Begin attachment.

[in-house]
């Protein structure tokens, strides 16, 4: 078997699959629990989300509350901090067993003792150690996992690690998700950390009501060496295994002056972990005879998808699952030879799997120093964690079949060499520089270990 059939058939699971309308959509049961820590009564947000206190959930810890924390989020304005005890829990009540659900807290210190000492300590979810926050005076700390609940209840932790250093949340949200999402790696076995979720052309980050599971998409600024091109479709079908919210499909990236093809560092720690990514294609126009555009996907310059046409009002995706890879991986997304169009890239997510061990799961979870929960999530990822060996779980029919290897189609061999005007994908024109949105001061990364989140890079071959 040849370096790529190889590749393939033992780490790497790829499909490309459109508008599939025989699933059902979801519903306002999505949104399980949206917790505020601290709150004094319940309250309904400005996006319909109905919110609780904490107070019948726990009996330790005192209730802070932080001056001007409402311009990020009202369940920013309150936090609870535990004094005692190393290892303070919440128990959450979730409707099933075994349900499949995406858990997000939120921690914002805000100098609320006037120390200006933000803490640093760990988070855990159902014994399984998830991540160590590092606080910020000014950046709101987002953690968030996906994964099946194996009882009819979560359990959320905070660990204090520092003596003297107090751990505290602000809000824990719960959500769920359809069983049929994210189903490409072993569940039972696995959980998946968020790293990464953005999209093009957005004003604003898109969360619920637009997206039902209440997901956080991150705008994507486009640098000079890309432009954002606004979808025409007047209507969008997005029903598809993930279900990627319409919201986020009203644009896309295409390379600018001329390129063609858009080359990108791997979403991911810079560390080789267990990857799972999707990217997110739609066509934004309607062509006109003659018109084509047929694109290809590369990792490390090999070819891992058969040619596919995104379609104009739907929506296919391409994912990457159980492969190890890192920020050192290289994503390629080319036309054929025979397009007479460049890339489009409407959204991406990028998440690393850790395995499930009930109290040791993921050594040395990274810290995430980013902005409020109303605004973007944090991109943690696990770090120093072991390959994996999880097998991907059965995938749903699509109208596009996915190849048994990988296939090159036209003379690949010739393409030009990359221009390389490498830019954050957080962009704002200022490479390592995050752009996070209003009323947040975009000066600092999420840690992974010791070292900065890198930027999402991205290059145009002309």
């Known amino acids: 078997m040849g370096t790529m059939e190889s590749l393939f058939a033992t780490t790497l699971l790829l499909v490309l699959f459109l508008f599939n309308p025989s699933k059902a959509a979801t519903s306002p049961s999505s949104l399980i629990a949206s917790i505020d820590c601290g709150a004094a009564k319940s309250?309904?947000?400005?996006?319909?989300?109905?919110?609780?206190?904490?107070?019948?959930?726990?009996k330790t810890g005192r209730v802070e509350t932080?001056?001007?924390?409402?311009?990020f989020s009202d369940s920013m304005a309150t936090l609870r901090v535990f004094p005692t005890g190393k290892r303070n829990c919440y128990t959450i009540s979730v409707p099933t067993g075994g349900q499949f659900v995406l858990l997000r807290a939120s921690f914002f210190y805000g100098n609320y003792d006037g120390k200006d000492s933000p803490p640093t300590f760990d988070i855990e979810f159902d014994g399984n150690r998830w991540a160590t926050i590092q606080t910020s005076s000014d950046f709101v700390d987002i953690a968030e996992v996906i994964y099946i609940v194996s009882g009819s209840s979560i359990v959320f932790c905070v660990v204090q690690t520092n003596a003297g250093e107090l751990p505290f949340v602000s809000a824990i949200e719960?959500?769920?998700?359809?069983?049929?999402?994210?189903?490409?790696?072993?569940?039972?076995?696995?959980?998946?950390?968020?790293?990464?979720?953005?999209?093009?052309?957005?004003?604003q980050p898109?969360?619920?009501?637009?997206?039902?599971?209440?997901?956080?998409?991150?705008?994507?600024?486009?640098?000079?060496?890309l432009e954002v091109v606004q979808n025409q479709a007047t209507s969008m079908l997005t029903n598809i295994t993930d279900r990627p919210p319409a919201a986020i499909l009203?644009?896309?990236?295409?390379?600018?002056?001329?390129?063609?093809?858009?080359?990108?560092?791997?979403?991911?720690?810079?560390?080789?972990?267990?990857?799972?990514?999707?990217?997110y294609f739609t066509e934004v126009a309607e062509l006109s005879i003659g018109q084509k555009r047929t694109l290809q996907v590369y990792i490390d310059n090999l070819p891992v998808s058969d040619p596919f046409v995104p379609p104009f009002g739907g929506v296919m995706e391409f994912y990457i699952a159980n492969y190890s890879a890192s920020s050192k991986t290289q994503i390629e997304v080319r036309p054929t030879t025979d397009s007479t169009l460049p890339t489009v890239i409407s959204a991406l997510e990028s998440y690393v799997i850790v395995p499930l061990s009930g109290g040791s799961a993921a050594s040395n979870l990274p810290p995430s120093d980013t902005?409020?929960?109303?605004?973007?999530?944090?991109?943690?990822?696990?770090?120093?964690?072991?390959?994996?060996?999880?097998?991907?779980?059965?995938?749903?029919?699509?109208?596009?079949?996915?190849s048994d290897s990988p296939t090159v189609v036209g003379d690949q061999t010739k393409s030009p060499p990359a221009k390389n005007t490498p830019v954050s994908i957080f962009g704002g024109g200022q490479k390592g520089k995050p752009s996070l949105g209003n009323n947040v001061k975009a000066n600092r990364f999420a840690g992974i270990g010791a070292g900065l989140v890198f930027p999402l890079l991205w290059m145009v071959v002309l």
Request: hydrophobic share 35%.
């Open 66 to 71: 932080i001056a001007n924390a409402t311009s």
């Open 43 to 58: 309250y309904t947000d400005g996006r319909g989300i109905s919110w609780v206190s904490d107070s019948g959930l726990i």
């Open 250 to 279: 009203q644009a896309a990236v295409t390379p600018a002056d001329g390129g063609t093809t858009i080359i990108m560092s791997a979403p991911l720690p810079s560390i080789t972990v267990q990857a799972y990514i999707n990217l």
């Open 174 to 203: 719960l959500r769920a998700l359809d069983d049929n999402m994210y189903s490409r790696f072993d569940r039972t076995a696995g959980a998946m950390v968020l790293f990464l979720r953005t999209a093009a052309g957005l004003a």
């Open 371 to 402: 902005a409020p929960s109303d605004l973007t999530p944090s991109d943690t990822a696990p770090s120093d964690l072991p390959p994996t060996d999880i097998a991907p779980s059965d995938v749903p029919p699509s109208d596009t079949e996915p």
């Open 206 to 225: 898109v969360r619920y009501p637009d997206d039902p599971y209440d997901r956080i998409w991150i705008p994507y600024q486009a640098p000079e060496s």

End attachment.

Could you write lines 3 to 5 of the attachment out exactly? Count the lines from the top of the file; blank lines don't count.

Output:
């Known amino acids: 078997m040849g370096t790529m059939e190889s590749l393939f058939a033992t780490t790497l699971l790829l499909v490309l699959f459109l508008f599939n309308p025989s699933k059902a959509a979801t519903s306002p049961s999505s949104l399980i629990a949206s917790i505020d820590c601290g709150a004094a009564k319940s309250?309904?947000?400005?996006?319909?989300?109905?919110?609780?206190?904490?107070?019948?959930?726990?009996k330790t810890g005192r209730v802070e509350t932080?001056?001007?924390?409402?311009?990020f989020s009202d369940s920013m304005a309150t936090l609870r901090v535990f004094p005692t005890g190393k290892r303070n829990c919440y128990t959450i009540s979730v409707p099933t067993g075994g349900q499949f659900v995406l858990l997000r807290a939120s921690f914002f210190y805000g100098n609320y003792d006037g120390k200006d000492s933000p803490p640093t300590f760990d988070i855990e979810f159902d014994g399984n150690r998830w991540a160590t926050i590092q606080t910020s005076s000014d950046f709101v700390d987002i953690a968030e996992v996906i994964y099946i609940v194996s009882g009819s209840s979560i359990v959320f932790c905070v660990v204090q690690t520092n003596a003297g250093e107090l751990p505290f949340v602000s809000a824990i949200e719960?959500?769920?998700?359809?069983?049929?999402?994210?189903?490409?790696?072993?569940?039972?076995?696995?959980?998946?950390?968020?790293?990464?979720?953005?999209?093009?052309?957005?004003?604003q980050p898109?969360?619920?009501?637009?997206?039902?599971?209440?997901?956080?998409?991150?705008?994507?600024?486009?640098?000079?060496?890309l432009e954002v091109v606004q979808n025409q479709a007047t209507s969008m079908l997005t029903n598809i295994t993930d279900r990627p919210p319409a919201a986020i499909l009203?644009?896309?990236?295409?390379?600018?002056?001329?390129?063609?093809?858009?080359?990108?560092?791997?979403?991911?720690?810079?560390?080789?972990?267990?990857?799972?990514?999707?990217?997110y294609f739609t066509e934004v126009a309607e062509l006109s005879i003659g018109q084509k555009r047929t694109l290809q996907v590369y990792i490390d310059n090999l070819p891992v998808s058969d040619p596919f046409v995104p379609p104009f009002g739907g929506v296919m995706e391409f994912y990457i699952a159980n492969y190890s890879a890192s920020s050192k991986t290289q994503i390629e997304v080319r036309p054929t030879t025979d397009s007479t169009l460049p890339t489009v890239i409407s959204a991406l997510e990028s998440y690393v799997i850790v395995p499930l061990s009930g109290g040791s799961a993921a050594s040395n979870l990274p810290p995430s120093d980013t902005?409020?929960?109303?605004?973007?999530?944090?991109?943690?990822?696990?770090?120093?964690?072991?390959?994996?060996?999880?097998?991907?779980?059965?995938?749903?029919?699509?109208?596009?079949?996915?190849s048994d290897s990988p296939t090159v189609v036209g003379d690949q061999t010739k393409s030009p060499p990359a221009k390389n005007t490498p830019v954050s994908i957080f962009g704002g024109g200022q490479k390592g520089k995050p752009s996070l949105g209003n009323n947040v001061k975009a000066n600092r990364f999420a840690g992974i270990g010791a070292g900065l989140v890198f930027p999402l890079l991205w290059m145009v071959v002309l």
Request: hydrophobic share 35%.
């Open 66 to 71: 932080i001056a001007n924390a409402t311009s």